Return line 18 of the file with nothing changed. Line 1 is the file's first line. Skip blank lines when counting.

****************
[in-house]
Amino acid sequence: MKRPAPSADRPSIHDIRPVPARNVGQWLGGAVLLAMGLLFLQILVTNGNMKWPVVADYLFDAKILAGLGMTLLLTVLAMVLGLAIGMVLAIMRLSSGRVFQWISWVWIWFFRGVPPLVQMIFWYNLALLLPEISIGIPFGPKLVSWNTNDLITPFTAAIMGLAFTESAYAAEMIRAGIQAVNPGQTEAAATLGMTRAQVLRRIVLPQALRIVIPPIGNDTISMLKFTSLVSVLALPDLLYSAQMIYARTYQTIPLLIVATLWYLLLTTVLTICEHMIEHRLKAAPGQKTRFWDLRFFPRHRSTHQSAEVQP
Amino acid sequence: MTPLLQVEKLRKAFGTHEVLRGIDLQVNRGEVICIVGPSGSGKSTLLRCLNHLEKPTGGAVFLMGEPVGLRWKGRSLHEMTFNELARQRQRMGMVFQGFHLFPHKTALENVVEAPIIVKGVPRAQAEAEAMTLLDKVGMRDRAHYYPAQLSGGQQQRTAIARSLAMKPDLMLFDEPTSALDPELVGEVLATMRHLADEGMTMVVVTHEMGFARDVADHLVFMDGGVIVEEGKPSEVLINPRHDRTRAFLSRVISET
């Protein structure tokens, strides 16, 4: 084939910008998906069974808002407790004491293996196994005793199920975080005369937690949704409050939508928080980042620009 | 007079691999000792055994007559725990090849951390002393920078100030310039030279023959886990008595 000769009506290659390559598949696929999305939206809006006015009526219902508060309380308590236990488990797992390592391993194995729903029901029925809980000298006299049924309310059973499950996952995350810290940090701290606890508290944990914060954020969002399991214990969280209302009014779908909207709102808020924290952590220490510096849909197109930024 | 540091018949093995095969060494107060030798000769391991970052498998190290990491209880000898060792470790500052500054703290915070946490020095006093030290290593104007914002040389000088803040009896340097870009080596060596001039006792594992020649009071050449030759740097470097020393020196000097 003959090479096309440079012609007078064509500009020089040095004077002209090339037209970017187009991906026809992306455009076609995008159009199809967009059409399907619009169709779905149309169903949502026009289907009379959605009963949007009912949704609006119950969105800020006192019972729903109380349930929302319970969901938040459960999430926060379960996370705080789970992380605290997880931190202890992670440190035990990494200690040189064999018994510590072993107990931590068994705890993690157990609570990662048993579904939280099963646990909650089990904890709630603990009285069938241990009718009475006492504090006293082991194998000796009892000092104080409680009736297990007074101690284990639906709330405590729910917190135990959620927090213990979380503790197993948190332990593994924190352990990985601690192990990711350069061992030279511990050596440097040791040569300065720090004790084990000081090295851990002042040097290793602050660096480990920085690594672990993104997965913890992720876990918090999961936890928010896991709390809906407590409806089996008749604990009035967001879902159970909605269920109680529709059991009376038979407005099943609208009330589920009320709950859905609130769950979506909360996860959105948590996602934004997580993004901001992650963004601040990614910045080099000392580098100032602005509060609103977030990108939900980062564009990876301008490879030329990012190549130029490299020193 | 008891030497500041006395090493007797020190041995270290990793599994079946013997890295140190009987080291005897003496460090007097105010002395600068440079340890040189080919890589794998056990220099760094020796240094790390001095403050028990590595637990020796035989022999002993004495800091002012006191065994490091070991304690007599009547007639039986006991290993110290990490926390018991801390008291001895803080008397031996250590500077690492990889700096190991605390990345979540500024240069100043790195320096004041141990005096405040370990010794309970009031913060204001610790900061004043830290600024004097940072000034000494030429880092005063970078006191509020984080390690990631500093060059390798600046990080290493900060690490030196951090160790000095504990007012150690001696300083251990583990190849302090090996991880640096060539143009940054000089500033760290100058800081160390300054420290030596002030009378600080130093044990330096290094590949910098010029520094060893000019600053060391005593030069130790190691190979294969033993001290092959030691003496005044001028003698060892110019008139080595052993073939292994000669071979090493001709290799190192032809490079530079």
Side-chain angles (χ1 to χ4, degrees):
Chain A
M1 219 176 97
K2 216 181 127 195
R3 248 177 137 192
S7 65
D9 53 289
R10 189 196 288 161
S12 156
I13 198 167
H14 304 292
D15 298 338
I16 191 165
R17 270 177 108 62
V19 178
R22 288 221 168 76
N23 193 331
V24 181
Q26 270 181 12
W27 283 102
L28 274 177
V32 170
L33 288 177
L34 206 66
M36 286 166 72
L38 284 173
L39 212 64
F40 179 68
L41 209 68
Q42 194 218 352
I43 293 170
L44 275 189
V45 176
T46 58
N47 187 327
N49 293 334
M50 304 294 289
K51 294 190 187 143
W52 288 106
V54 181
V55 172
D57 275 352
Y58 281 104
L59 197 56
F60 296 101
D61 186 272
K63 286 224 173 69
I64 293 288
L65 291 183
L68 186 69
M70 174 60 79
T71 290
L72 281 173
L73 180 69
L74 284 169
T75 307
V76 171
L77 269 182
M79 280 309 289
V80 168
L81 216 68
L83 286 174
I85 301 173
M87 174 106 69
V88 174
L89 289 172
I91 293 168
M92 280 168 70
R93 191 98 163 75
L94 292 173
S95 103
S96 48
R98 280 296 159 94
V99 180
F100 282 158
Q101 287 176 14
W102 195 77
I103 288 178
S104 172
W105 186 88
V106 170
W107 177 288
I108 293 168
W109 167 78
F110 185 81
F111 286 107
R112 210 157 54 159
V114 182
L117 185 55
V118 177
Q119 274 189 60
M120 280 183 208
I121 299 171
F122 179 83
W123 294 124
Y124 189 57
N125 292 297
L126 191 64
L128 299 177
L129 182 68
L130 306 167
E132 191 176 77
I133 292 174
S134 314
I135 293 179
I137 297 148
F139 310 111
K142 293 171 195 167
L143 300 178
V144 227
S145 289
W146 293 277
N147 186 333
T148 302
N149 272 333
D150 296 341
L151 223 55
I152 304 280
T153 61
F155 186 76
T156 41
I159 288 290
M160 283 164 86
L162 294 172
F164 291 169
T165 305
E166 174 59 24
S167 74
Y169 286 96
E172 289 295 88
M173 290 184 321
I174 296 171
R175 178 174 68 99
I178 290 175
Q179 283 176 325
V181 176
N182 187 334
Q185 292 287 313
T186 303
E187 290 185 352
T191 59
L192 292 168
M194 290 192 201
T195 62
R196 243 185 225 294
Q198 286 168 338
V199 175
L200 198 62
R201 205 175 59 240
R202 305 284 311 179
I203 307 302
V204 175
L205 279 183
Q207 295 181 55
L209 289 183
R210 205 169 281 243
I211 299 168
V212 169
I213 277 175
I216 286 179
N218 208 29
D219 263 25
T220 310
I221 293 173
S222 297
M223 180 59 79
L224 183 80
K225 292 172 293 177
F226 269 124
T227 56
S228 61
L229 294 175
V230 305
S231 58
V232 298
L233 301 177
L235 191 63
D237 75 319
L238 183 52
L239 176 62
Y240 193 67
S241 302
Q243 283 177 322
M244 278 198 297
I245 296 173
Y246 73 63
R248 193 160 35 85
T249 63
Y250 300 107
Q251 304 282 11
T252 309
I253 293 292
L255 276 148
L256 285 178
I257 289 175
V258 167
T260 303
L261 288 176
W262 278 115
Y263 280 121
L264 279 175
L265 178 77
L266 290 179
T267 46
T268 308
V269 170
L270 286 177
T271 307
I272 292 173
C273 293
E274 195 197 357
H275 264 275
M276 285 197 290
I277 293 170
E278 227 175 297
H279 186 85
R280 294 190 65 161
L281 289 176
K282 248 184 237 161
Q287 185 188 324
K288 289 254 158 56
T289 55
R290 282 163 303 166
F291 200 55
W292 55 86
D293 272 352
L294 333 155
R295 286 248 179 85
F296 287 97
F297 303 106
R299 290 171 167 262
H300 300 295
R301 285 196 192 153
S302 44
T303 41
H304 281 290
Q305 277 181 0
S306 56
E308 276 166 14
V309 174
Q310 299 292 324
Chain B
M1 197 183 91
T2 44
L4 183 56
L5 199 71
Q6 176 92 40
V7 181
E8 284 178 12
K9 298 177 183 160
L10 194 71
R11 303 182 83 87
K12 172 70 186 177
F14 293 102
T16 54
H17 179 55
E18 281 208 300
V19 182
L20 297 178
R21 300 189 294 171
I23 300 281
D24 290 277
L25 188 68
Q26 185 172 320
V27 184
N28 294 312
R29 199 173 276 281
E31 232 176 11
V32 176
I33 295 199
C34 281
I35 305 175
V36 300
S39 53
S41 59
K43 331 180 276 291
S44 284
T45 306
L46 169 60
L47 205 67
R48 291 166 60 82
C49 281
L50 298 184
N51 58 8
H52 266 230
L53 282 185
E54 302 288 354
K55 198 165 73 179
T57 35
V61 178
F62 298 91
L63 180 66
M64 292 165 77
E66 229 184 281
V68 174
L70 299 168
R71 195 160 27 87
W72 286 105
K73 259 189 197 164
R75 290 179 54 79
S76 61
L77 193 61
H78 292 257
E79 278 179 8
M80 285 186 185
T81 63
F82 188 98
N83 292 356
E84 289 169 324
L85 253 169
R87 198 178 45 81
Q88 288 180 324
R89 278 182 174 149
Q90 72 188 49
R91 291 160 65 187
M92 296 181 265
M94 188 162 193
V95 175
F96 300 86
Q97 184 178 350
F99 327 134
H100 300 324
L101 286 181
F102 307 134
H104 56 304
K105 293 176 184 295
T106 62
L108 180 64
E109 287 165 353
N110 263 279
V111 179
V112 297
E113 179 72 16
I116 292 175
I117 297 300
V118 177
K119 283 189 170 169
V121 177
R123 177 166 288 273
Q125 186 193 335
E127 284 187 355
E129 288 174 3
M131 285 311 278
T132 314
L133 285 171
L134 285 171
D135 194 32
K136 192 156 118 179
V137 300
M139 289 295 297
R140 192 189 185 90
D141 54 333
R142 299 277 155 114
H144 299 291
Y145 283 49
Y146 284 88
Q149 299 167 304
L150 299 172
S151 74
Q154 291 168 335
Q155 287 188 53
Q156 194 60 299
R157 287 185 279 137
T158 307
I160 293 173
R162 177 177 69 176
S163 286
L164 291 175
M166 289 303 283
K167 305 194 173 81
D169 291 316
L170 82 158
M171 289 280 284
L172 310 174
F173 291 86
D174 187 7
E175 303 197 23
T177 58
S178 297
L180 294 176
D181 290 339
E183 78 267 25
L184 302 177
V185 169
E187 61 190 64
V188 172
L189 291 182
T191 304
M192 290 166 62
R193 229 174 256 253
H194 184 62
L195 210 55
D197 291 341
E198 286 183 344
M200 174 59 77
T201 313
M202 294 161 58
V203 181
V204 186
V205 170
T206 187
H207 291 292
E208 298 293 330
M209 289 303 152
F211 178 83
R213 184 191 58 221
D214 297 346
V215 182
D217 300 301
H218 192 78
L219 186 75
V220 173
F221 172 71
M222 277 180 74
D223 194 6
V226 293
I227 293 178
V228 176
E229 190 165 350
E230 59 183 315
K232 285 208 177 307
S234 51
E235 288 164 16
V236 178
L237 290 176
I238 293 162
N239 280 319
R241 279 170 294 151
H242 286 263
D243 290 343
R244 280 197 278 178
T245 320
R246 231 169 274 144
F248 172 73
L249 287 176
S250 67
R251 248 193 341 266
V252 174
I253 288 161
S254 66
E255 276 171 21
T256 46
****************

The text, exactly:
R17 270 177 108 62